Originally scheduled for Geneva from January 12-28, in-person meetings of the UN Biodiversity Conference’s two subsidiary bodies and Open-ended Working Group tasked with developing Post-2020 Global Biodiversity Framework will continue till March 29…reports Asian Lite News
After a two-year delay, negotiators from more than 190 countries are gathering in Geneva on Monday for a fortnight-long critical discussions around a global strategy to help stem the tide of biodiversity loss.
This is the last time countries will discuss the agreement, known as the post-2020 Global Biodiversity Framework (GBF), before the Convention on Biological Diversity’s (CBD) 15th meeting of the Conference of the Parties (COP15).
The Post-2020 Global Biodiversity Framework has been called the biodiversity equivalent of the Paris Climate agreement.
“The world is clearly eager for urgent action to protect nature,” said Elizabeth Maruma Mrema, Executive Secretary of the Convention on Biological Diversity. “And we have no time to spare. Together we must ultimately deliver a truly historic agreement that puts us firmly on the path to living in harmony with nature.”
Scientists have issued repeated warnings about the dangerous decline in biodiversity. A landmark 2019 global biodiversity assessment found that “nature is declining globally at rates unprecedented in human history — and the rate of species extinctions is accelerating, with grave impacts on people around the world now likely”.
The assessment warned that up to one million species face extinction, many within decades and called for transformational change to address the crisis.
Three critical areas to address in Geneva are.
Campaign for Nature, an organisation working around the world to build support for nature conservation, sees three major areas where negotiators must make progress during the Geneva negotiations: A global target to protect and conserve at least 30 per cent of the world’s lands and inland waters and oceans.
This science-based target, known as 30×30 will address both the largest drivers of biodiversity decline, habitat loss and overexploitation and help to prevent future pandemics.
Additionally, the recently-released IPCC report underlined the urgent need to protect at least 30 per cent of the planet to achieve both biodiversity and climate goals.
The target has been endorsed by more than 89 countries and has been supported by numerous regional and international bodies including the G7, and World Conservation Congress.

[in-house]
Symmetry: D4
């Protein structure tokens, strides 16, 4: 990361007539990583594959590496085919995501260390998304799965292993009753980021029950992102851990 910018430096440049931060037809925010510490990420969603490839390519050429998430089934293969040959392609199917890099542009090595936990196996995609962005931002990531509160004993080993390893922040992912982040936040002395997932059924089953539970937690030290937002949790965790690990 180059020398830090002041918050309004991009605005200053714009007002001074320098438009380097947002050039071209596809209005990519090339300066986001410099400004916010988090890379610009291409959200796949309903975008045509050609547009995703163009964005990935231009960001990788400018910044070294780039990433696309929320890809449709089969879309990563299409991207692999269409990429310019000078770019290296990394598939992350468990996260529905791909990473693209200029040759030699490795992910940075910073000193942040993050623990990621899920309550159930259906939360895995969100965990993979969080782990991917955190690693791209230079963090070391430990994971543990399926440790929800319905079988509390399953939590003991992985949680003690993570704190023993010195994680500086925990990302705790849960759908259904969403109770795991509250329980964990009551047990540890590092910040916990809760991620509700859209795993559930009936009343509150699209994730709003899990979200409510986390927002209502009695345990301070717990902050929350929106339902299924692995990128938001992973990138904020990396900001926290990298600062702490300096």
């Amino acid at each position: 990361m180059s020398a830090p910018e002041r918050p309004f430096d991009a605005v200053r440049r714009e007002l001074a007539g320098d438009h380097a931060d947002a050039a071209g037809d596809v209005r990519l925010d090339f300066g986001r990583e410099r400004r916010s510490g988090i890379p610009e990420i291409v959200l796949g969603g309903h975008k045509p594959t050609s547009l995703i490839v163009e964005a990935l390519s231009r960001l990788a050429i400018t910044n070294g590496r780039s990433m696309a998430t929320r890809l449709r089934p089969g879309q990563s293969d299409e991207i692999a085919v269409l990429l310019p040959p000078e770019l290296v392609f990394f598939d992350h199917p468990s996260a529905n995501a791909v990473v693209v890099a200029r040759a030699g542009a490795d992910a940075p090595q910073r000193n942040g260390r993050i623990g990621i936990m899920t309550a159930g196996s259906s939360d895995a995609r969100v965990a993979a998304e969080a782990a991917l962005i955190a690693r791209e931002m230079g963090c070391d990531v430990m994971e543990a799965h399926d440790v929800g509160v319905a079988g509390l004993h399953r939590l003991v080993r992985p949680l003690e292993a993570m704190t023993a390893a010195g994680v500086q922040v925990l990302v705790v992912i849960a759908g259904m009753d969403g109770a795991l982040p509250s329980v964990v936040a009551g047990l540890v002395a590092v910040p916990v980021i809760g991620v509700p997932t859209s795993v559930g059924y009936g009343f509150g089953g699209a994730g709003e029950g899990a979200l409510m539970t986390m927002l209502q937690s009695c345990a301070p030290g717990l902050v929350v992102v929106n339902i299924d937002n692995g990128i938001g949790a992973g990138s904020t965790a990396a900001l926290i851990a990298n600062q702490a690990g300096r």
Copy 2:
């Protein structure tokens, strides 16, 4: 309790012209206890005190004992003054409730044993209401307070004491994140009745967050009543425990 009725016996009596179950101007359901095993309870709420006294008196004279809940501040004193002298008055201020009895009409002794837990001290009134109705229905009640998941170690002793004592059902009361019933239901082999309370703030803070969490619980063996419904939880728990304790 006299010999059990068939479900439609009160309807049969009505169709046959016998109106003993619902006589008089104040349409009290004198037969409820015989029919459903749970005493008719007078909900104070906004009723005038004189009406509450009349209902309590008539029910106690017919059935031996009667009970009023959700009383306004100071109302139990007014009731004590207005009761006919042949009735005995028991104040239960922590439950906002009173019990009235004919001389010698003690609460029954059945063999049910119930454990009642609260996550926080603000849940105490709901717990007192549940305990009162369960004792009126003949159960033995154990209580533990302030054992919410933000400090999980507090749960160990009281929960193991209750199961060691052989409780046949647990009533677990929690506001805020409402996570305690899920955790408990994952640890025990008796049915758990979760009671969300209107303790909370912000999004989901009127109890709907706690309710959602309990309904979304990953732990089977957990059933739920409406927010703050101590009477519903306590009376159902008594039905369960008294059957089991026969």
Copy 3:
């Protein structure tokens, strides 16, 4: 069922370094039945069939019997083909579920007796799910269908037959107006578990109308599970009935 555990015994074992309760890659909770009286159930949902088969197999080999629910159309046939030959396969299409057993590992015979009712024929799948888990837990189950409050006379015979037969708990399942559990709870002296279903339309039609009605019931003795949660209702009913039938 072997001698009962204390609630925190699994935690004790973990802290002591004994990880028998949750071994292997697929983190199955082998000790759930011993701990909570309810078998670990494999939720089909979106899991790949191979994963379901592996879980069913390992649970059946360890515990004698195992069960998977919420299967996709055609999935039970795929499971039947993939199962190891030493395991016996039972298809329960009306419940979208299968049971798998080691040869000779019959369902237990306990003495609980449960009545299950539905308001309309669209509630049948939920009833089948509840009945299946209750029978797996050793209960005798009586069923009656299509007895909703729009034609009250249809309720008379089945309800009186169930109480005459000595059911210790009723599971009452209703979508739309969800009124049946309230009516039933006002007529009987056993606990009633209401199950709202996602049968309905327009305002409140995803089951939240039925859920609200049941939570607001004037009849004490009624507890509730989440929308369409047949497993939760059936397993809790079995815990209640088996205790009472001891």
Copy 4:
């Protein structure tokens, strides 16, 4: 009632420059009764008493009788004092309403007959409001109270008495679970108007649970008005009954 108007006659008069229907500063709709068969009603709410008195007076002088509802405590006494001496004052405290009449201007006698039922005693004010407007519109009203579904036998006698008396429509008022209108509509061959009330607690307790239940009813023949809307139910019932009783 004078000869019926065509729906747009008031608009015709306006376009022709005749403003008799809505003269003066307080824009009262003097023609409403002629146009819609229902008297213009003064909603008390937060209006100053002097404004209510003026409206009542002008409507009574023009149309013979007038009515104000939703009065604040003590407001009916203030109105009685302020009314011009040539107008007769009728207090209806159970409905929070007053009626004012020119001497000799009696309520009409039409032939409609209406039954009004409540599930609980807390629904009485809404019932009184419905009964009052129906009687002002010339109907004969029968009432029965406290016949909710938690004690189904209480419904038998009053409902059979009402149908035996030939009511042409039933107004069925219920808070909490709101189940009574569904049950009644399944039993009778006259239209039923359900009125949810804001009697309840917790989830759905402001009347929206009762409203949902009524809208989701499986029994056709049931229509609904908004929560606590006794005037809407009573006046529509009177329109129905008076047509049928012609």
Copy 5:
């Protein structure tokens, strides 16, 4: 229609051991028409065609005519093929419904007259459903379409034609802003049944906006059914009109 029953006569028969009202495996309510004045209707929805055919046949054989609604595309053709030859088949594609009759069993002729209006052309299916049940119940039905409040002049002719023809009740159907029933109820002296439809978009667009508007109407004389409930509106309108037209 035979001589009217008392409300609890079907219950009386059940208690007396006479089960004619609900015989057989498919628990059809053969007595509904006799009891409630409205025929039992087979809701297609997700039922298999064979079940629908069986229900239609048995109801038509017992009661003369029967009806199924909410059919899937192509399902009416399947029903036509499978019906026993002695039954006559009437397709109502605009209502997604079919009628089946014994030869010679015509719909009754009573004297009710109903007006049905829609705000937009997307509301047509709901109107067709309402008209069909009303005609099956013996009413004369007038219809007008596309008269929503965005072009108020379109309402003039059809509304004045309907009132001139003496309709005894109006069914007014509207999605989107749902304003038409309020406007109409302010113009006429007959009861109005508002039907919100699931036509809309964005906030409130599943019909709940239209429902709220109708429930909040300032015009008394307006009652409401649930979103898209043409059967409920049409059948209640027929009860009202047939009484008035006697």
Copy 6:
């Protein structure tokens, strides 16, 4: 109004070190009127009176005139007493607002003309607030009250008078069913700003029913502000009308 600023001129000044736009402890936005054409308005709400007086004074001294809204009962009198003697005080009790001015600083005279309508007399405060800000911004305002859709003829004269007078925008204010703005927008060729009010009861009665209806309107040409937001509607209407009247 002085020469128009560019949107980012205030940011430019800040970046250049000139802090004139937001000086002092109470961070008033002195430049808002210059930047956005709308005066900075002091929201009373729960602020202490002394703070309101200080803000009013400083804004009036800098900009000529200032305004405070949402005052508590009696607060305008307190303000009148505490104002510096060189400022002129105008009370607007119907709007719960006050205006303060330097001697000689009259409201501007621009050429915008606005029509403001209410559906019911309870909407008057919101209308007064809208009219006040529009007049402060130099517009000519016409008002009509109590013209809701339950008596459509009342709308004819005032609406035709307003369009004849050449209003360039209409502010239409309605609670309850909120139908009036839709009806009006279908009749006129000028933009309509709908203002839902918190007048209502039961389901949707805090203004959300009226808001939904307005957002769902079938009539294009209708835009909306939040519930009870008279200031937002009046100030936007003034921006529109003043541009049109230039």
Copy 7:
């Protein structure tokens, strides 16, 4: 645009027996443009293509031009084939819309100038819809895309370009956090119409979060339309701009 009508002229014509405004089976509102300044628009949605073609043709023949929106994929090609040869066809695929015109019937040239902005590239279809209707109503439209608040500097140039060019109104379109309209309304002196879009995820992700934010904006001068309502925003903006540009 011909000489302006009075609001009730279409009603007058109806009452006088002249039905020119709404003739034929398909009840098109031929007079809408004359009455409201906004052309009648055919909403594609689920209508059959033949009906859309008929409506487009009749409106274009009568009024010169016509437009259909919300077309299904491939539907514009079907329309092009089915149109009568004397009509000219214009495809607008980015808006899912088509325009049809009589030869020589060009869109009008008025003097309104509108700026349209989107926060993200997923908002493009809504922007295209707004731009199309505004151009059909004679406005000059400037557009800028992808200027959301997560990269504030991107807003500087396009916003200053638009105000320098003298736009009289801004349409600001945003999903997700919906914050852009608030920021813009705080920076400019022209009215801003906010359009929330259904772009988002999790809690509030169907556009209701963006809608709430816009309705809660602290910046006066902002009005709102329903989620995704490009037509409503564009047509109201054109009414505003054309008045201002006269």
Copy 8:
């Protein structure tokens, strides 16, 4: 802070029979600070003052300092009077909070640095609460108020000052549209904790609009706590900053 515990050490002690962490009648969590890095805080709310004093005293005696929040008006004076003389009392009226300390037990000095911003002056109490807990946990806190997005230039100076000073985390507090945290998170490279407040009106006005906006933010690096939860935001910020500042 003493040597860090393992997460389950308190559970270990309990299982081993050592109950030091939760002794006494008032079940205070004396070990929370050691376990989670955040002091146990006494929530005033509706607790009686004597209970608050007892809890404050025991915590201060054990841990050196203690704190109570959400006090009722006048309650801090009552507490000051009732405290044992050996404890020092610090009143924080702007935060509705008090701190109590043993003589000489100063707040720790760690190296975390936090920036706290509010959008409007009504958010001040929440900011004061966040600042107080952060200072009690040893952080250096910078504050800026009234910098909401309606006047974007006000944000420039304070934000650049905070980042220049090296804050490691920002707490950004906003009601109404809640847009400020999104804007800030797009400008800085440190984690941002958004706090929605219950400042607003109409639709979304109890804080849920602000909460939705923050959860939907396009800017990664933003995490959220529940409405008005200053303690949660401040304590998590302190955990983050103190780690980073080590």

Advancing the rights and leadership of indigenous peoples and local communities (IPLCs) have been among the most effective stewards of biodiversity since time immemorial.
The proposal to protect or conserve at least 30 per cent of the planet’s land and ocean by 2030 will only be possible with the leadership of indigenous peoples and local communities and with full recognition of their rights.
Negotiators must include the principle of free, prior and informed consent in targets and increase support and funding for IPLC land tenure.
Enhancing finance to meet biodiversity goals.
Closing the global biodiversity finance gap and achieving a comprehensive, ambitious and just post-2020 Global Biodiversity Framework will require increased financial resources from all sources and from all parties, particularly from those countries where per-capita consumption creates disproportionate impacts on global biodiversity, says Campaign for Nature.
Developed countries need to increase financial support for biodiversity in developing countries to at least $60 billion annually. A number of governments, philanthropists, companies and investors have demonstrated leadership in increasing their international biodiversity funding commitments, which is estimated at this stage to total over $5.2 billion per year.
Brian O’Donnell, the Director of Campaign for Nature, said: “During a time of wars, a pandemic, and a climate and biodiversity crisis, the world is in desperate need of hope and positive leadership.
“The Geneva negotiations offer a chance for countries to secure a better future for all life on earth. Global leaders should support the ambitious, necessary and achievable target to safeguard at least 30 per cent of the world’s lands and waters. They can advance the rights of indigenous peoples and local communities, and commit the funding needed to effectively address the biodiversity crisis.
“All world’s people, and the natural systems on which we all depend are counting on negotiators to be bold and constructive.”
Originally scheduled for Geneva from January 12-28, in-person meetings of the UN Biodiversity Conference’s two subsidiary bodies and Open-ended Working Group tasked with developing Post-2020 Global Biodiversity Framework will continue till March 29.